Archie

Sandor
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Re: 2008 285 CONQUEST: Water Intrusion

Postby Sandor » Fri Oct 11, 2019 11:10 am

Thank you for very helpful and insightful information.

The water around the sprue hole seems to be greater in the area toward the bow. When I apply pressure on the forward edge of the sprue hole, water comes up through the cracks.


And I am relieved to report the foam is not nearly as wet as I had thought. There are two cracks in the foam. The water is coming up through the cracks and the surrounding foam appears to be dry. I made small incisions which revealed the dry foam

Q: what caused the cracks in the foam visible in the sprue hole?

Q: how much water is in there?

Q: where is the water coming from?

I did have a hose running in there when I first received the boat to clean out that area. That area was full of funk and grime.

I am going to haul out the boat to replace those two through-hull fittings.

Q: should I sand off the bottom paint and look for damage to the hull?

The paint on the engine gear case skeg is worn off about three-inches up. I wonder if the boat ever went aground.

Maybe the cracks in the foam were caused by the freezing temperatures as Archie suggested.

Again, thank you all so much. In gratitude--Sandy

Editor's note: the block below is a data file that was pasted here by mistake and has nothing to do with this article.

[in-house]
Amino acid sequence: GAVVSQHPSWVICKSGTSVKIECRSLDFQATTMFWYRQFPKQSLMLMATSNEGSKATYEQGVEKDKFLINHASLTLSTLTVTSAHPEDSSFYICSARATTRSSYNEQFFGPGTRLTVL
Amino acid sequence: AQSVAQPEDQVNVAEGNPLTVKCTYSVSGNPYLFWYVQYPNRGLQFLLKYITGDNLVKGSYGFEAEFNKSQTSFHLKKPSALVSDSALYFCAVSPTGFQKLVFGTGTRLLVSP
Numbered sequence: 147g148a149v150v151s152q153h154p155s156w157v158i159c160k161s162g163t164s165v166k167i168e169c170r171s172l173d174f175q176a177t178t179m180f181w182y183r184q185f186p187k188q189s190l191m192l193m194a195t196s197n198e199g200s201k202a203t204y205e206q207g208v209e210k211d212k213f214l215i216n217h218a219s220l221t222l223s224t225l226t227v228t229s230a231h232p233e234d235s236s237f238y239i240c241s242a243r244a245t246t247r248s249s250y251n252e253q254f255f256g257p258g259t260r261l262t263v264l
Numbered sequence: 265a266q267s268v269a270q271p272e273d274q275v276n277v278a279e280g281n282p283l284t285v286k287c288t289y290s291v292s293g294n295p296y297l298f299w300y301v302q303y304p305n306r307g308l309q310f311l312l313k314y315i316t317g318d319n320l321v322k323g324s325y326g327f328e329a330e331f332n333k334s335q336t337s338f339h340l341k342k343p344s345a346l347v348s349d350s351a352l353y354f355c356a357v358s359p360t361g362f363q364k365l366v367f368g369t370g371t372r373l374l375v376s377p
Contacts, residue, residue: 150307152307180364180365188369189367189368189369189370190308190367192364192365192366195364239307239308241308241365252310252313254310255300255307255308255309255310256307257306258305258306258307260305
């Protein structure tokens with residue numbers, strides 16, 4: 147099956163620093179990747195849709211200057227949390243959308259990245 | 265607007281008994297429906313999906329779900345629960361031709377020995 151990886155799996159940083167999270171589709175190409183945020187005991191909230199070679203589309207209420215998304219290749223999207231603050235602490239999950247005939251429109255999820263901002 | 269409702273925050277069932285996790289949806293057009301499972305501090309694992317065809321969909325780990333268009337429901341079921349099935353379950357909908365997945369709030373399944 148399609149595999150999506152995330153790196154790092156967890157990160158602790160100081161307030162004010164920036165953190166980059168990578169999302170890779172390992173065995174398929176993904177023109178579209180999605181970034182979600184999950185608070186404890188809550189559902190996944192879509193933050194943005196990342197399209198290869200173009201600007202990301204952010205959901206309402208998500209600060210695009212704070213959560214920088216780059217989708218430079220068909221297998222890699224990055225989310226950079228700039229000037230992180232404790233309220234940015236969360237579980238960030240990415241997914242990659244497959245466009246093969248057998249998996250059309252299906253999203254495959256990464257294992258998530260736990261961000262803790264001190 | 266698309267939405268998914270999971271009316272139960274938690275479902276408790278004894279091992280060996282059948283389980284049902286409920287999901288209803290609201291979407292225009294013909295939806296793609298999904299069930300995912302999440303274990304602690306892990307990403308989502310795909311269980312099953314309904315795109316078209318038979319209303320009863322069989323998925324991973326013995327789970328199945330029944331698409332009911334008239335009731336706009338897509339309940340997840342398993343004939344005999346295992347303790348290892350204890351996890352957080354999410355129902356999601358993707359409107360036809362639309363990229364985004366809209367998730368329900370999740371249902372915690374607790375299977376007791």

Last edited by Sandor on Fri Oct 11, 2019 11:24 am, edited 1 time in total.

Sandor
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Re: 2008 285 CONQUEST: Water Intrusion

Postby Sandor » Fri Oct 11, 2019 11:20 am

The boat does list to port.

A battery and inverter were added in the storage compartment to port adding about 120-lbs. I also added chain to the anchor locker that weighed 45-lbs.

I do not have experience driving other deep-V CONQUEST hulls, but this boat does list quite a bit while on plane. It will list to port, and then if I adjust the trim tabs it may level off and then list to starboard. Judging by the bottom paint it is a little bow heavy. Static waterline is 1-inch ABOVE [I think you mean BELOW--jimh] bottom paint at bow, and about 4-inches ABOVE [BELOW--jimh] at stern.

IMG_8001.jpg
Fig. 4. [View of static trim at the bow; bottom paint appears to be above the water line. Bottom paint at stern seems to be several inches above water line.--jimh]
IMG_8001.jpg (60.05 KiB) Viewed 23408 times

biggiefl
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Re: 2008 285 CONQUEST: Water Intrusion

Postby biggiefl » Fri Oct 11, 2019 12:15 pm

Where are your registration numbers?

If you had a hose in there and that seal was not sealed, you just got your answer.

Yes 120-lbs will add a list to one side. Maybe put the 45-lbs of chain on the starboard side. I would inspect the hull but would not sand off the paint. If there was damage and enough of it to let water intrude, you'll see it with the paint on.

Drive the boat, take some numbers on performance and post it and see what other owners think about it. With WOT speed make sure you are trimmed out to the max please.
On my 24th Whaler. Currently in the stable: 86 18' Outrage, 81 13' Sport(original owner), 87 11' Sport, 69 Squall(for sale cheap).

Mr 88
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Re: 2008 285 CONQUEST: Water Intrusion

Postby Mr 88 » Fri Oct 11, 2019 8:19 pm